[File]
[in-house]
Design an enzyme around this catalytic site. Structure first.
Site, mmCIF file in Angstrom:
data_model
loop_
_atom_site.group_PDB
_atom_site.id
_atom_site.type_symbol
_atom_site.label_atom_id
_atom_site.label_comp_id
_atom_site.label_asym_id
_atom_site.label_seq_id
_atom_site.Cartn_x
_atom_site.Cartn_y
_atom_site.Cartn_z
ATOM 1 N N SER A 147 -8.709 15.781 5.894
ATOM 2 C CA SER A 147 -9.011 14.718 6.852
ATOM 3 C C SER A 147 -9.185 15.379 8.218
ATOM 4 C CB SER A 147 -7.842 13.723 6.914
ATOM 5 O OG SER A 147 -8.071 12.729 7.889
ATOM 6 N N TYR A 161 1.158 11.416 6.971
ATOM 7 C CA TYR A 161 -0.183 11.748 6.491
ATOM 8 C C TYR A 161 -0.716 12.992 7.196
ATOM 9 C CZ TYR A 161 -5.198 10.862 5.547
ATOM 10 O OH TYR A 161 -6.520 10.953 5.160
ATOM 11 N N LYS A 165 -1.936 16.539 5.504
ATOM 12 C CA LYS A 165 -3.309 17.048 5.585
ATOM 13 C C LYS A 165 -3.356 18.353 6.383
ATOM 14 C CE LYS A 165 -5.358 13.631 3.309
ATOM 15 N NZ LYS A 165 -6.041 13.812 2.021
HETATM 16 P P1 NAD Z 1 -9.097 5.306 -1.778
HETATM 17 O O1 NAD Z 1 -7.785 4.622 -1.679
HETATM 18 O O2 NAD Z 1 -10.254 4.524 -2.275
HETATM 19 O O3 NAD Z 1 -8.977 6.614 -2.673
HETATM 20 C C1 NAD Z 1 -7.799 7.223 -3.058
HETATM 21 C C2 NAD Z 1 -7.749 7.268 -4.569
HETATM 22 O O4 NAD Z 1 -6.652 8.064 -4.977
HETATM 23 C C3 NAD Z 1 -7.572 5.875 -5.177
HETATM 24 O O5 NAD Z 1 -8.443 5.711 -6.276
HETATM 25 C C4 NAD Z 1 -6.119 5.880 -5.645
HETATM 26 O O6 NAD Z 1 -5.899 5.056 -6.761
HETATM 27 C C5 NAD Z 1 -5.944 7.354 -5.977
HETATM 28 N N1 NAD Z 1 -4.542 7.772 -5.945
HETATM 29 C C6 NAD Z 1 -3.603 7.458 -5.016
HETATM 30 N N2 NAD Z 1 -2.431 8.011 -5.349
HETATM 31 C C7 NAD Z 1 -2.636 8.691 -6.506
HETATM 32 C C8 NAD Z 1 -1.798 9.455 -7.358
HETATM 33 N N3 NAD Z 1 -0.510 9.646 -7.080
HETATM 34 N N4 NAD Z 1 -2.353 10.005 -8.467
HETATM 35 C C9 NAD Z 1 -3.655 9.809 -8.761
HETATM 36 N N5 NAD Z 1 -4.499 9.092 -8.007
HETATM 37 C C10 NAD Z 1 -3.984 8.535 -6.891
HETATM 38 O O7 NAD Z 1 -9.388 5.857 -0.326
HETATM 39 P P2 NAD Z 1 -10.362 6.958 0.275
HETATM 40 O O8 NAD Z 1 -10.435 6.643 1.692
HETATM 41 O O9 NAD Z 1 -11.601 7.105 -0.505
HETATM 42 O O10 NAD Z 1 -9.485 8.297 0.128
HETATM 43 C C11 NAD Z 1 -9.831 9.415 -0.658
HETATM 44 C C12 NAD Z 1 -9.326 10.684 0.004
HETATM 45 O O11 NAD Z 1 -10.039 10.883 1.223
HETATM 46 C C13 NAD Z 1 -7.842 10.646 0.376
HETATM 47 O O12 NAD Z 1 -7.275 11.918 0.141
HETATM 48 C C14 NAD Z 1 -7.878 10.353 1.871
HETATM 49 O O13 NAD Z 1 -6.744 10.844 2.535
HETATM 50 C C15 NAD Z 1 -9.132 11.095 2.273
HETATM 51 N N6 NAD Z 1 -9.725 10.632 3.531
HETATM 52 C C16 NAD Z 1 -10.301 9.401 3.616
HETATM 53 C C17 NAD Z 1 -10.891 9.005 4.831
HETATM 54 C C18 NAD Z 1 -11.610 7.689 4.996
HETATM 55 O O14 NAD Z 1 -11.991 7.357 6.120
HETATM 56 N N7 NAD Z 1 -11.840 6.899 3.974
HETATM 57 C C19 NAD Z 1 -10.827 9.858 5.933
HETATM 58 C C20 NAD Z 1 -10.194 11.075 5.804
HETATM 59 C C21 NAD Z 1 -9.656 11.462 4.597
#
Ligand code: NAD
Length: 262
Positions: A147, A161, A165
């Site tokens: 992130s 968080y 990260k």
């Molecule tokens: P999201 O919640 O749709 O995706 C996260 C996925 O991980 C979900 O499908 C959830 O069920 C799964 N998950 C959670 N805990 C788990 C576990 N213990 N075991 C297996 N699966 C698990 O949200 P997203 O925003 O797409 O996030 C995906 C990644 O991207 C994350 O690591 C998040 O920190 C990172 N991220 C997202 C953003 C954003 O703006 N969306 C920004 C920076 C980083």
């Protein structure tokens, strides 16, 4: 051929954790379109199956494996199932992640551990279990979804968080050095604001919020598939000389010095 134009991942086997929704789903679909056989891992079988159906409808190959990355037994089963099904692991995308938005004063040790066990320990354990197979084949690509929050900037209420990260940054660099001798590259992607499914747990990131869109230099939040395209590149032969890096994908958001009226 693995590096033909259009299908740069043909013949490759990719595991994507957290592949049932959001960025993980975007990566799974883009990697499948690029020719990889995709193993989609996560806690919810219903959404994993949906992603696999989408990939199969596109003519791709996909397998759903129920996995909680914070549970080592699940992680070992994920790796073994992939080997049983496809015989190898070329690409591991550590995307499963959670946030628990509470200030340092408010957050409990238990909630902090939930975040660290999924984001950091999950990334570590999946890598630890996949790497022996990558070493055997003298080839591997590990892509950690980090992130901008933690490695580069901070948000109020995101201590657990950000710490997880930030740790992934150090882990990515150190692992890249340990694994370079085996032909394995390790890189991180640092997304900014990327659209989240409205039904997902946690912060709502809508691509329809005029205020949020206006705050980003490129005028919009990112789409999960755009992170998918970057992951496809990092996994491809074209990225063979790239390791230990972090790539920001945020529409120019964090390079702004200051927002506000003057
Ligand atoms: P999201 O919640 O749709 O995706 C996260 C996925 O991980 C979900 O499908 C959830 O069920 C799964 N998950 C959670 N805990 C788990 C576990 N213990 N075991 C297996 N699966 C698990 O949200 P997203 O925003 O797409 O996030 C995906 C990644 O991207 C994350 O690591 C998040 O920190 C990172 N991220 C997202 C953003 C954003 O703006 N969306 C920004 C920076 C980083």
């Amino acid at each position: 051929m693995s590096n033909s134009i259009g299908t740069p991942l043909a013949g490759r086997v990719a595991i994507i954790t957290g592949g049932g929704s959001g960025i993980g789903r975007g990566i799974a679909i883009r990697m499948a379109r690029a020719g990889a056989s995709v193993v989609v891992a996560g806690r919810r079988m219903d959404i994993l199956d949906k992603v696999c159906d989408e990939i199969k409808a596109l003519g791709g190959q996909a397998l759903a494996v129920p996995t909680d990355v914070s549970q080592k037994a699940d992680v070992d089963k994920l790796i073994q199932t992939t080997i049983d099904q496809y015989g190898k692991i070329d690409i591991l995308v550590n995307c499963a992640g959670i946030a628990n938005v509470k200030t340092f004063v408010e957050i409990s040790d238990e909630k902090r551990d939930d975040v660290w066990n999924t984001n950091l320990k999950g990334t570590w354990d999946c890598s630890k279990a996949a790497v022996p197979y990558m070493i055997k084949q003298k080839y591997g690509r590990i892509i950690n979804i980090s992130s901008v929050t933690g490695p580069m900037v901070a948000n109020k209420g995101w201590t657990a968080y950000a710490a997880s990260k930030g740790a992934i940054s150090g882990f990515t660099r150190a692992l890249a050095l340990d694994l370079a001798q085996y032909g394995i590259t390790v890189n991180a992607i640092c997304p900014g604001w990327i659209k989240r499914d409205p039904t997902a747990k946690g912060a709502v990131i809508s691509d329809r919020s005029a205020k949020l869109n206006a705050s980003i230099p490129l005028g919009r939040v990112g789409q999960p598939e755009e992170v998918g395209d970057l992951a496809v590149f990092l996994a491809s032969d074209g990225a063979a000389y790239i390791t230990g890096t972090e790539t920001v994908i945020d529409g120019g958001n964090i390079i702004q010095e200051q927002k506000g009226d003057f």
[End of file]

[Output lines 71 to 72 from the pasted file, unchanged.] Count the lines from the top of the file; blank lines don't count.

HETATM 56 N N7 NAD Z 1 -11.840 6.899 3.974
HETATM 57 C C19 NAD Z 1 -10.827 9.858 5.933